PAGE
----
Nanny playing with kids
Nanny playing with kids

How to Keep on Top of Taxes for Household Workers During COVID-19


In the household employment industry, the COVID-19 pandemic is crystallizing the importance of legally paying employees. As a tax professional, here's what you need to know to help your clients stay compliant.

May 27th 2020
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While millions of Americans lost their jobs due to the health crisis and claimed unemployment benefits (including the extra $600/week from the CARES Act), many nannies and other household workers were left behind because they were paid “under the table” and couldn’t use a safety net that many of us take for granted.

Household employees paid off the books were also cut out of paid medical and family leave benefits afforded under the Families First Coronavirus Response Act (FFCRA).

While it may have taken a global pandemic to bring home the consequences of illegal pay, it’s not too late for families to get caught up on their nanny taxes so their employees can take advantage of unemployment and paid leave benefits. Some workers may apply for unemployment anyway – even if they are not eligible – and that could lead to fines and penalties for your clients.

Also, legal pay will entrench itself in the “new normal” as more and more nannies and household workers see the advantages afforded by “on the books” pay versus the relatively small amount taken out of their paycheck for taxes. So where does that leave your clients who haven’t been compliant with nanny tax and payroll laws?

The delayed deadlines for filing 2019 tax returns as well as Q1 estimated taxes caused by the pandemic means they could get caught up without incurring fines, penalties, and payment of back taxes with interest. Setting up for legal pay will also help your clients avoid these issues going forward.

While the economy is slowly re-opening and families consider resuming household help, the virus has not gone away and there is still a chance an employee can get sick. FFCRA paid leave can be taken through the end of the year and unemployment insurance now extend for 39 weeks. Legal pay will help household employees obtain these benefits should they get sick or lose their job in the coming months.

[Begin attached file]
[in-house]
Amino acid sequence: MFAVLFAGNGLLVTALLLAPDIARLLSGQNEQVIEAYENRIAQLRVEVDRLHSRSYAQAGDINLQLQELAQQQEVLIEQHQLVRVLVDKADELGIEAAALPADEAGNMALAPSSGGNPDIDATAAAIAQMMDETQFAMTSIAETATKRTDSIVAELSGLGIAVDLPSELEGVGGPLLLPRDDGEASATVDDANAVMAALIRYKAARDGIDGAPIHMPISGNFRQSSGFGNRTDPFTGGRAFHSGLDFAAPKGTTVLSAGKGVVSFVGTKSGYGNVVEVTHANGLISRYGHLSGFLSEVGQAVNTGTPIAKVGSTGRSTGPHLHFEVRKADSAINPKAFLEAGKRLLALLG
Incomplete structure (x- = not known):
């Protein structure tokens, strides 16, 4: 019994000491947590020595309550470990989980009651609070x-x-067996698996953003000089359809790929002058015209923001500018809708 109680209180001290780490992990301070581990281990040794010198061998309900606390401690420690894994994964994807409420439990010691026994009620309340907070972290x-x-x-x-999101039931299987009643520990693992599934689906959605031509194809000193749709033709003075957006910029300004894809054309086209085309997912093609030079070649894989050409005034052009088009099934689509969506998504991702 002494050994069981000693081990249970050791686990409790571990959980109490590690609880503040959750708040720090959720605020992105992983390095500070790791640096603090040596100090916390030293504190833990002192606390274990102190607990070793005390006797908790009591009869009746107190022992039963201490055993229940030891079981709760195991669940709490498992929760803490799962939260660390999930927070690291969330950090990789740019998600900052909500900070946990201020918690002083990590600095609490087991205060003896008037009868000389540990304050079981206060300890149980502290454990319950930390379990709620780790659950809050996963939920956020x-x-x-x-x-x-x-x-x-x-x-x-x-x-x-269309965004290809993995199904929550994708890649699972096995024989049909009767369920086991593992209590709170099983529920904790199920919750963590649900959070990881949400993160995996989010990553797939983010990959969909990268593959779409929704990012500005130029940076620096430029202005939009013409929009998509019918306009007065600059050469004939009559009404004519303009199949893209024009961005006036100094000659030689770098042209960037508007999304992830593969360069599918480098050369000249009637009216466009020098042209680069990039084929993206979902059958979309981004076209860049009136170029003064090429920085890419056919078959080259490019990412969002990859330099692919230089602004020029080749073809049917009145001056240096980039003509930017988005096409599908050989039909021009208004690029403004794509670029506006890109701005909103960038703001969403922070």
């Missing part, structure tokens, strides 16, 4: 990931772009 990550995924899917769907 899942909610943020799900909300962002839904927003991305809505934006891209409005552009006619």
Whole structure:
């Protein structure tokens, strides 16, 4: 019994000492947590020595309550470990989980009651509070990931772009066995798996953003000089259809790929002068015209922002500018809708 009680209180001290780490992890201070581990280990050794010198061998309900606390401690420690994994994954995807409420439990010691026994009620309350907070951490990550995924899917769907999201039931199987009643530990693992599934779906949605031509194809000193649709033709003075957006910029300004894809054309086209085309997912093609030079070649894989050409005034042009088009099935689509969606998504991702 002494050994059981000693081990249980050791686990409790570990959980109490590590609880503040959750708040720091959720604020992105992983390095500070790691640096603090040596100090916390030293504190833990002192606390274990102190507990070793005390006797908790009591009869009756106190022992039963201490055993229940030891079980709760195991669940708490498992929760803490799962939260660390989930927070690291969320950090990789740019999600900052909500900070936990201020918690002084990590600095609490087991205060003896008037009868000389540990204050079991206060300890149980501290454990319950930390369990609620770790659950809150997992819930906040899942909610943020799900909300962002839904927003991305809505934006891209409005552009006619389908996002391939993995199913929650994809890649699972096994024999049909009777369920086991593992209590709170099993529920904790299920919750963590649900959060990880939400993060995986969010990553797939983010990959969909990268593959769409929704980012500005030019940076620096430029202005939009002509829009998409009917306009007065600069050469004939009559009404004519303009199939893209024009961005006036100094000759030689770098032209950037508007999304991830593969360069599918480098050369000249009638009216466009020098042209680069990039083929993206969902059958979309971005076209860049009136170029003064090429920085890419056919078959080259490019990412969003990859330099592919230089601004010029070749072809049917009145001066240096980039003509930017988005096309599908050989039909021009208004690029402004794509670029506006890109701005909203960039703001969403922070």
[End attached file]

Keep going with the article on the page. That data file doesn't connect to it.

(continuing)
Current Household Employers and Getting Caught Up

If you are handling nanny taxes and payroll for your clients, then you are likely current with their tax and wage compliance. However, now is a good time to check in with your other clients that may have hired someone without informing you or have been trying to manage such taxes on their own.

Without contributing to unemployment taxes, your client could get caught for non-compliance as their worker will need to list their previous employers when filing for benefits. That could result in a call from their state’s labor agency about avoiding their tax obligation.

Also, household employees are eligible for paid sick and family leave under FFCRA. This federal law lets employees take paid time off work due to reasons related to the pandemic, including caring for themselves, other family members who are sick and children who cannot go to school or daycare because of facility closures. Employers get a dollar-for-dollar tax credit for any paid leave taken under FFCRA.

With the extension of unemployment benefits under the CARES Act and paid leave benefits running through the end of the year, it is smart for families to get compliant now with their nanny tax obligations so their employees can take advantage of these programs. The filing date for estimated taxes for the first two quarters of 2020 is July 15, the same deadline for 2019 tax returns.

If they haven’t already, they’ll need to get a federal employer identification number (Form SS-4), which can be obtained online, file a new hire report, and set up an unemployment insurance account with their state. There are several steps to take to avoid the risks of non-compliance.

Your client will owe 15.3 percent of their employee’s gross wages in FICA taxes (Social Security and Medicare), six percent on the first $7,000 in gross wages for federal unemployment, as well as state unemployment, which will vary by state.

Half of the FICA tax amount (7.65 percent) could be paid by the employee. When catching up, it may make sense for the family to pay the entire amount rather than withholding what could be a significant sum of money from their employee’s pay.

The employee may owe federal, state, and/or local income taxes on their gross wages. Going forward, it is reasonable to deduct the employee’s share of FICA taxes from their paycheck.

Catching up on nanny taxes may take some time and money to fix. But continuing to ignore the problem will only increase compliance issues that have been further exacerbated by the pandemic.

New Household Employers and Getting Started

With the economy opening up and parents going back to the office, many families may rethink their childcare options. They could prefer hiring a nanny for in-home care rather than sending their children to daycare centers or summer camps where the risk of catching and spreading the virus may be greater. Again, these families will need to follow the steps to become an employer and start legally paying their nanny.

Final Thoughts

The COVID-19 pandemic has left a significant impact on our lives that will be felt for years to come. In the household employment industry, the pandemic has pushed legal pay to the forefront. Now is time to check in with your clients, catch up on their nanny taxes, and get prepared for a future where legal pay will no longer be ignored.

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